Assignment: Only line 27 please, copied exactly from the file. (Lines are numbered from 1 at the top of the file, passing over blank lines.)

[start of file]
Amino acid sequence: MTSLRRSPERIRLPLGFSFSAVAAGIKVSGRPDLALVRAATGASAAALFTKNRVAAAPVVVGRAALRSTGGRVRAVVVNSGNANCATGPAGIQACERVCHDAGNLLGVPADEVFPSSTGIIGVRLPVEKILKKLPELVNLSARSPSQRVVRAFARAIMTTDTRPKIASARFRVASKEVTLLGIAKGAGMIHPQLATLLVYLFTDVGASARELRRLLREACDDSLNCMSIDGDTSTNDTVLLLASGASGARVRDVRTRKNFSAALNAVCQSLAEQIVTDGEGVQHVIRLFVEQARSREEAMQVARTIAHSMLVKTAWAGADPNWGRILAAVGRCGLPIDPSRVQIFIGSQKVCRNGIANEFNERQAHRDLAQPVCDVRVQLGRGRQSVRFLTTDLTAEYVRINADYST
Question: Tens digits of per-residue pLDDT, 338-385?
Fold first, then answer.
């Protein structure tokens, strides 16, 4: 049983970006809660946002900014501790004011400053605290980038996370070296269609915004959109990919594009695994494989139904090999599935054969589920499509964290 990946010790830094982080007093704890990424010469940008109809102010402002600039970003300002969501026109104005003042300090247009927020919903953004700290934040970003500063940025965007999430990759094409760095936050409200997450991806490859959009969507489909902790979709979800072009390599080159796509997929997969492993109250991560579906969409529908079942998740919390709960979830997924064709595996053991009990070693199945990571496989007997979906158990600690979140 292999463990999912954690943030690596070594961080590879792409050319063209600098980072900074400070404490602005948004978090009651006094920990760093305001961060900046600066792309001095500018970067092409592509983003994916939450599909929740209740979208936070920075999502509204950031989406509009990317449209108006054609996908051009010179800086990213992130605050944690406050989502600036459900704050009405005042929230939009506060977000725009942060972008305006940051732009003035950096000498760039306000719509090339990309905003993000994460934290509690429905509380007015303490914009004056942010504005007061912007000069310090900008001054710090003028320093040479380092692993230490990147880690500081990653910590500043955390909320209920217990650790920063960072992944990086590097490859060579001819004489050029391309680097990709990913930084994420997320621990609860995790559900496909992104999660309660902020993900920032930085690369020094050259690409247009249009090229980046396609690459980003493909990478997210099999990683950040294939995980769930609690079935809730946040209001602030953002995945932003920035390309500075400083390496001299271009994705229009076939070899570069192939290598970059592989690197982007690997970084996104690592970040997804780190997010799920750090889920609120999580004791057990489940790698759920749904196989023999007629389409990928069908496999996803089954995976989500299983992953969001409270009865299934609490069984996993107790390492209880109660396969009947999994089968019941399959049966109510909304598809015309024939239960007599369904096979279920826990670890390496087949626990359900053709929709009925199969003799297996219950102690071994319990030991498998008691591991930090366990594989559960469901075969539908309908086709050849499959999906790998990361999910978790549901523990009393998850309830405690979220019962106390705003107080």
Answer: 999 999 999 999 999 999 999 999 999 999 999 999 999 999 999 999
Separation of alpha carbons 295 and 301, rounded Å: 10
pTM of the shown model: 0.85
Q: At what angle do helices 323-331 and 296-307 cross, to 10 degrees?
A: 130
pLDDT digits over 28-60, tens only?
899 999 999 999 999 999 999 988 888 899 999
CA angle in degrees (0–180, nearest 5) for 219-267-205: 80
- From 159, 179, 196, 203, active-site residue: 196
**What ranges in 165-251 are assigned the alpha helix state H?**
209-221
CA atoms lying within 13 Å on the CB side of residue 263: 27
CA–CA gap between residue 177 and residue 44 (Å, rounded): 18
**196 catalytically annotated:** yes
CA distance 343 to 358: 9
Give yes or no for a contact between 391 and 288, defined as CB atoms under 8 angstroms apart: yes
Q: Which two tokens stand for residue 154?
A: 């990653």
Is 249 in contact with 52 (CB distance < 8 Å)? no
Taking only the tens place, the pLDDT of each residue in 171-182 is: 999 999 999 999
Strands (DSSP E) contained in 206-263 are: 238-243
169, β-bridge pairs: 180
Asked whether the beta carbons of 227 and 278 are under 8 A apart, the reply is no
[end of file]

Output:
Asked whether the beta carbons of 227 and 278 are under 8 A apart, the reply is no